Friday, 20 July 2012

Patches and Pocketbooks

It's not a case of not being worth fixing, it's one of even having the money to bother.

Whether you like or loathe Phil Fish, the creator of Fez there seems to be a consensus that the game itself is well worth playing. Of course many games these days aren't perfect at launch, and thanks to the magic of being connected to the Internet there are ways of ironing out those last few kinks: namely patches. Fez is no exception to this phenomenon, but there is something that has set it apart from the crowd in that regard, and not in a good way.

Basically the long and short of it is that roughly a month ago the patch for Fez was released, and what ended up happening is that even though it fixed some of the issues like the infinite death loops that were present in the first version of the game, it also had a rather nasty side effect of causing the game to see some of its save files as corrupted, which meant that people lost the entirety of their progress.

Now, there's not really anything terribly surprising about a patch breaking other aspects of the game. It's not something that anyone wants to happen, but it does (my knowledge in this regard comes from the multiple fixes that have been released surrounding Binding of Isaac: The Wrath of the Lamb expansion), but that's something that generally gets fixed as quickly as possible. That's why it was strange that aside from an admission that the patch was causing problems that there was no real fix or solution forthcoming.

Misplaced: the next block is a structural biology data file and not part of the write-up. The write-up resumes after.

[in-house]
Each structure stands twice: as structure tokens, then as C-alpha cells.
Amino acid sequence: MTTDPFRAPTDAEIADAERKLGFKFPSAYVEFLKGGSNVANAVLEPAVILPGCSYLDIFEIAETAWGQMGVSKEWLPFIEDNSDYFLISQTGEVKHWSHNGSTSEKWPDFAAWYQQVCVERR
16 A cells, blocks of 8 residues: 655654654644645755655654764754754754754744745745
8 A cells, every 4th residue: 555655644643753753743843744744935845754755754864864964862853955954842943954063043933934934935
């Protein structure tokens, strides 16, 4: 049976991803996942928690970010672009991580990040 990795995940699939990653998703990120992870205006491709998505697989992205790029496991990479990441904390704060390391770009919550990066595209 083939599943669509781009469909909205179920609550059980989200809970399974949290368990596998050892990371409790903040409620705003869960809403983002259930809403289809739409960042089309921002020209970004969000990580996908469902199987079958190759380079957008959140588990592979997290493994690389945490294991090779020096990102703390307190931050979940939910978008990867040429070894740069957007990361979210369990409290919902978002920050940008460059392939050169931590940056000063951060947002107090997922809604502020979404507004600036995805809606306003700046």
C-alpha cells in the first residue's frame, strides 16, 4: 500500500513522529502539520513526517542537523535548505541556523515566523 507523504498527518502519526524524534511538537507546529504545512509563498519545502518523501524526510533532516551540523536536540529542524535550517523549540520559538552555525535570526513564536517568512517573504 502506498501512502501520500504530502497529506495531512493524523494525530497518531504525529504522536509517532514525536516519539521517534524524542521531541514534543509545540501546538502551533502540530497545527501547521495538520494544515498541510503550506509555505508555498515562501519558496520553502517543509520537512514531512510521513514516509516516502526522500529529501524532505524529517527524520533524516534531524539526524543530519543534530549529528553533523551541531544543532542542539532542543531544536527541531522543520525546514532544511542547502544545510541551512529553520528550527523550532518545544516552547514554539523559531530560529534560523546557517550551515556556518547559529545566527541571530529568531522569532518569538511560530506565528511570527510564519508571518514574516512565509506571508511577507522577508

Fastforward to now and we might finally have a reason, although some people probably won't really like or accept it. Apparently it would simply be too expensive to make another patch. Basically, in the article on Giant Bomb the following came to light:

Two, a number of issues post-release prompted Polytron to work on a patch. Releasing a patch on XBLA costs $40,000, according to Fish (Double Fine’s Tim Schafer has separately mentioned this figure). Microsoft gave Polytron a pass on the first patch, but when the patch was approved by Microsoft certification, released to the masses and caused a small number of users to lose their saved progress, Microsoft pulled the patch.

A follow-up patch will now cost Polytron $40,000. That patch is not yet released.

“It’s this whole certification process that Microsoft has, which is in place to ensure there’s a certain level of quality in the games,” he said. “They don’t want games to be constantly patched all the time, and I understand the reasoning for that, but god damnit, it takes forever, it costs a fortune--you have to pay them for it--and it doesn’t work.”

Forty-thousand dollars to release a patch that will help make a game run better just seems, well, ludicrous would be the term that springs to the front of my mind at least. I know that it does cost Microsoft some money, but you'd think that something that allows the game to be played with less errors and possible frustration on the part of players means that it should be pushed out with minimal red tape and bullshit. Instead we get this kind of problem.

It really is a somewhat sad commentary, but I guess it's also not surprising. Fez probably has made Fish and his team a decent amount of coin, but nowhere near enough to afford that kind of price per patch, especially if this patch doesn't correct the problems and they have to roll out yet another one. Perhaps it's the inevitable price of playing in the big leagues, but that doesn't stop it from feeling more than a little rotten.

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